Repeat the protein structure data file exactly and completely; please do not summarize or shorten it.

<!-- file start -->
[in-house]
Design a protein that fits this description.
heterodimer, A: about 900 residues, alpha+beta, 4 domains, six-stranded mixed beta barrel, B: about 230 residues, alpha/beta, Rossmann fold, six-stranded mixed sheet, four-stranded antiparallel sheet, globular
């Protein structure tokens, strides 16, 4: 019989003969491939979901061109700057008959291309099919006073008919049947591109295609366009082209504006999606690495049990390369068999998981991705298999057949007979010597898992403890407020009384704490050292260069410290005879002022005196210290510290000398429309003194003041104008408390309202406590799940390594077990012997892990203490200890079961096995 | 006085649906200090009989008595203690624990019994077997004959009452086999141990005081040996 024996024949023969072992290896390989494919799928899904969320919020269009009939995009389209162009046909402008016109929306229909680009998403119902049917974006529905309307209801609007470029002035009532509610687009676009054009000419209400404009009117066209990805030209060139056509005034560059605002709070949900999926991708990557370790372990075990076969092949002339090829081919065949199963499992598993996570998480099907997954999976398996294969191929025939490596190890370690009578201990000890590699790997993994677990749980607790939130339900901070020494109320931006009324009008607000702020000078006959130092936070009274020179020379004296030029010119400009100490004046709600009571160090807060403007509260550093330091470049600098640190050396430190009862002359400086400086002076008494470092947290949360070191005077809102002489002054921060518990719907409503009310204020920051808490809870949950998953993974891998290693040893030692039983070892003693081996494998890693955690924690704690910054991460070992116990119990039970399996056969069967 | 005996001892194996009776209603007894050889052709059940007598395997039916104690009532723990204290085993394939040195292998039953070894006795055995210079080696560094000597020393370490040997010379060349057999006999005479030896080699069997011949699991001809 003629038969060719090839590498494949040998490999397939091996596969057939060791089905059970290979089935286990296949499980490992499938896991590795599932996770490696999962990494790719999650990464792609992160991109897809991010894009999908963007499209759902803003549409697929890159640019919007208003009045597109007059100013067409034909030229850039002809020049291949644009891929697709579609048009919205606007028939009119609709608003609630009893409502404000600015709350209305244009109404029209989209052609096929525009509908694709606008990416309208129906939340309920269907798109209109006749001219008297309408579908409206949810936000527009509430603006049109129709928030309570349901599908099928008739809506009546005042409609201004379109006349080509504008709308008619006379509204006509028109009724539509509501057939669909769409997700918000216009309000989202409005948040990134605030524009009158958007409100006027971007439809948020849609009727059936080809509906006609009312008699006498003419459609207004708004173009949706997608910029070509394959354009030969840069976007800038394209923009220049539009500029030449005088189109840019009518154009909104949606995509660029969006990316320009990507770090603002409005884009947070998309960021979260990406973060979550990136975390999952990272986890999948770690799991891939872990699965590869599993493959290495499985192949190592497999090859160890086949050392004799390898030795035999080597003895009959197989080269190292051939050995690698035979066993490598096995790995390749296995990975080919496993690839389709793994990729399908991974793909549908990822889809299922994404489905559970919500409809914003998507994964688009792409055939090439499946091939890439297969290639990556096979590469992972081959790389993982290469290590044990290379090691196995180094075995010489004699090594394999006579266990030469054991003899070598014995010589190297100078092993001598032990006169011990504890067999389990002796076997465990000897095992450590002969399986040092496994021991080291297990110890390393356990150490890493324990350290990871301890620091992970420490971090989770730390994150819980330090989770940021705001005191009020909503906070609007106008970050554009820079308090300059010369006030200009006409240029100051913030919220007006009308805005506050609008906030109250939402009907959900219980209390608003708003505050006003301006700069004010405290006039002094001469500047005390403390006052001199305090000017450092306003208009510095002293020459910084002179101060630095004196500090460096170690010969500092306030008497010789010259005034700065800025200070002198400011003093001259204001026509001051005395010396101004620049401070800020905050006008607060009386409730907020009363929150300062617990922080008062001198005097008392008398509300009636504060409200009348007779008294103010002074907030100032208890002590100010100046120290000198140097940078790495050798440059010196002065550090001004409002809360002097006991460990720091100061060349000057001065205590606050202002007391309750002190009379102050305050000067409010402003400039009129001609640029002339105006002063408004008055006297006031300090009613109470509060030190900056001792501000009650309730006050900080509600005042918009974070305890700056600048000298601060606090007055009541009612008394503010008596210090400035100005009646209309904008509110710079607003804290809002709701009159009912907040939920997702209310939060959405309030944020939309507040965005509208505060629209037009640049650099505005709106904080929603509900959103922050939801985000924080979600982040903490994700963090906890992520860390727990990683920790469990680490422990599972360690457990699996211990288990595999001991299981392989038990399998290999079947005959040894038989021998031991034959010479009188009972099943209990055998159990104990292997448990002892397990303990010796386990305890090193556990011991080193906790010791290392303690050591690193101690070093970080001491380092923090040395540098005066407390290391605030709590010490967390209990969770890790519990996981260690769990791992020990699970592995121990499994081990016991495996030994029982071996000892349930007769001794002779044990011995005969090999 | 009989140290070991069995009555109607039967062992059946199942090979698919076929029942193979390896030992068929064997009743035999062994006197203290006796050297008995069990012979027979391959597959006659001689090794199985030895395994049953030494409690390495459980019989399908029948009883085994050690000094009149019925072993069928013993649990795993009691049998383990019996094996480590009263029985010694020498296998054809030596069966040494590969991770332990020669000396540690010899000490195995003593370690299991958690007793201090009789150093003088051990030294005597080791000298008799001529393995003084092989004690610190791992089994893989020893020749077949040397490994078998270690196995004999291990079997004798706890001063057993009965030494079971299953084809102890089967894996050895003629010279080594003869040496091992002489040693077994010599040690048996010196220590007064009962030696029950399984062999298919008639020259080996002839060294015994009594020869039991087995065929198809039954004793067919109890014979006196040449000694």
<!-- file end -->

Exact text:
[in-house]
Design a protein that fits this description.
heterodimer, A: about 900 residues, alpha+beta, 4 domains, six-stranded mixed beta barrel, B: about 230 residues, alpha/beta, Rossmann fold, six-stranded mixed sheet, four-stranded antiparallel sheet, globular
């Protein structure tokens, strides 16, 4: 019989003969491939979901061109700057008959291309099919006073008919049947591109295609366009082209504006999606690495049990390369068999998981991705298999057949007979010597898992403890407020009384704490050292260069410290005879002022005196210290510290000398429309003194003041104008408390309202406590799940390594077990012997892990203490200890079961096995 | 006085649906200090009989008595203690624990019994077997004959009452086999141990005081040996 024996024949023969072992290896390989494919799928899904969320919020269009009939995009389209162009046909402008016109929306229909680009998403119902049917974006529905309307209801609007470029002035009532509610687009676009054009000419209400404009009117066209990805030209060139056509005034560059605002709070949900999926991708990557370790372990075990076969092949002339090829081919065949199963499992598993996570998480099907997954999976398996294969191929025939490596190890370690009578201990000890590699790997993994677990749980607790939130339900901070020494109320931006009324009008607000702020000078006959130092936070009274020179020379004296030029010119400009100490004046709600009571160090807060403007509260550093330091470049600098640190050396430190009862002359400086400086002076008494470092947290949360070191005077809102002489002054921060518990719907409503009310204020920051808490809870949950998953993974891998290693040893030692039983070892003693081996494998890693955690924690704690910054991460070992116990119990039970399996056969069967 | 005996001892194996009776209603007894050889052709059940007598395997039916104690009532723990204290085993394939040195292998039953070894006795055995210079080696560094000597020393370490040997010379060349057999006999005479030896080699069997011949699991001809 003629038969060719090839590498494949040998490999397939091996596969057939060791089905059970290979089935286990296949499980490992499938896991590795599932996770490696999962990494790719999650990464792609992160991109897809991010894009999908963007499209759902803003549409697929890159640019919007208003009045597109007059100013067409034909030229850039002809020049291949644009891929697709579609048009919205606007028939009119609709608003609630009893409502404000600015709350209305244009109404029209989209052609096929525009509908694709606008990416309208129906939340309920269907798109209109006749001219008297309408579908409206949810936000527009509430603006049109129709928030309570349901599908099928008739809506009546005042409609201004379109006349080509504008709308008619006379509204006509028109009724539509509501057939669909769409997700918000216009309000989202409005948040990134605030524009009158958007409100006027971007439809948020849609009727059936080809509906006609009312008699006498003419459609207004708004173009949706997608910029070509394959354009030969840069976007800038394209923009220049539009500029030449005088189109840019009518154009909104949606995509660029969006990316320009990507770090603002409005884009947070998309960021979260990406973060979550990136975390999952990272986890999948770690799991891939872990699965590869599993493959290495499985192949190592497999090859160890086949050392004799390898030795035999080597003895009959197989080269190292051939050995690698035979066993490598096995790995390749296995990975080919496993690839389709793994990729399908991974793909549908990822889809299922994404489905559970919500409809914003998507994964688009792409055939090439499946091939890439297969290639990556096979590469992972081959790389993982290469290590044990290379090691196995180094075995010489004699090594394999006579266990030469054991003899070598014995010589190297100078092993001598032990006169011990504890067999389990002796076997465990000897095992450590002969399986040092496994021991080291297990110890390393356990150490890493324990350290990871301890620091992970420490971090989770730390994150819980330090989770940021705001005191009020909503906070609007106008970050554009820079308090300059010369006030200009006409240029100051913030919220007006009308805005506050609008906030109250939402009907959900219980209390608003708003505050006003301006700069004010405290006039002094001469500047005390403390006052001199305090000017450092306003208009510095002293020459910084002179101060630095004196500090460096170690010969500092306030008497010789010259005034700065800025200070002198400011003093001259204001026509001051005395010396101004620049401070800020905050006008607060009386409730907020009363929150300062617990922080008062001198005097008392008398509300009636504060409200009348007779008294103010002074907030100032208890002590100010100046120290000198140097940078790495050798440059010196002065550090001004409002809360002097006991460990720091100061060349000057001065205590606050202002007391309750002190009379102050305050000067409010402003400039009129001609640029002339105006002063408004008055006297006031300090009613109470509060030190900056001792501000009650309730006050900080509600005042918009974070305890700056600048000298601060606090007055009541009612008394503010008596210090400035100005009646209309904008509110710079607003804290809002709701009159009912907040939920997702209310939060959405309030944020939309507040965005509208505060629209037009640049650099505005709106904080929603509900959103922050939801985000924080979600982040903490994700963090906890992520860390727990990683920790469990680490422990599972360690457990699996211990288990595999001991299981392989038990399998290999079947005959040894038989021998031991034959010479009188009972099943209990055998159990104990292997448990002892397990303990010796386990305890090193556990011991080193906790010791290392303690050591690193101690070093970080001491380092923090040395540098005066407390290391605030709590010490967390209990969770890790519990996981260690769990791992020990699970592995121990499994081990016991495996030994029982071996000892349930007769001794002779044990011995005969090999 | 009989140290070991069995009555109607039967062992059946199942090979698919076929029942193979390896030992068929064997009743035999062994006197203290006796050297008995069990012979027979391959597959006659001689090794199985030895395994049953030494409690390495459980019989399908029948009883085994050690000094009149019925072993069928013993649990795993009691049998383990019996094996480590009263029985010694020498296998054809030596069966040494590969991770332990020669000396540690010899000490195995003593370690299991958690007793201090009789150093003088051990030294005597080791000298008799001529393995003084092989004690610190791992089994893989020893020749077949040397490994078998270690196995004999291990079997004798706890001063057993009965030494079971299953084809102890089967894996050895003629010279080594003869040496091992002489040693077994010599040690048996010196220590007064009962030696029950399984062999298919008639020259080996002839060294015994009594020869039991087995065929198809039954004793067919109890014979006196040449000694």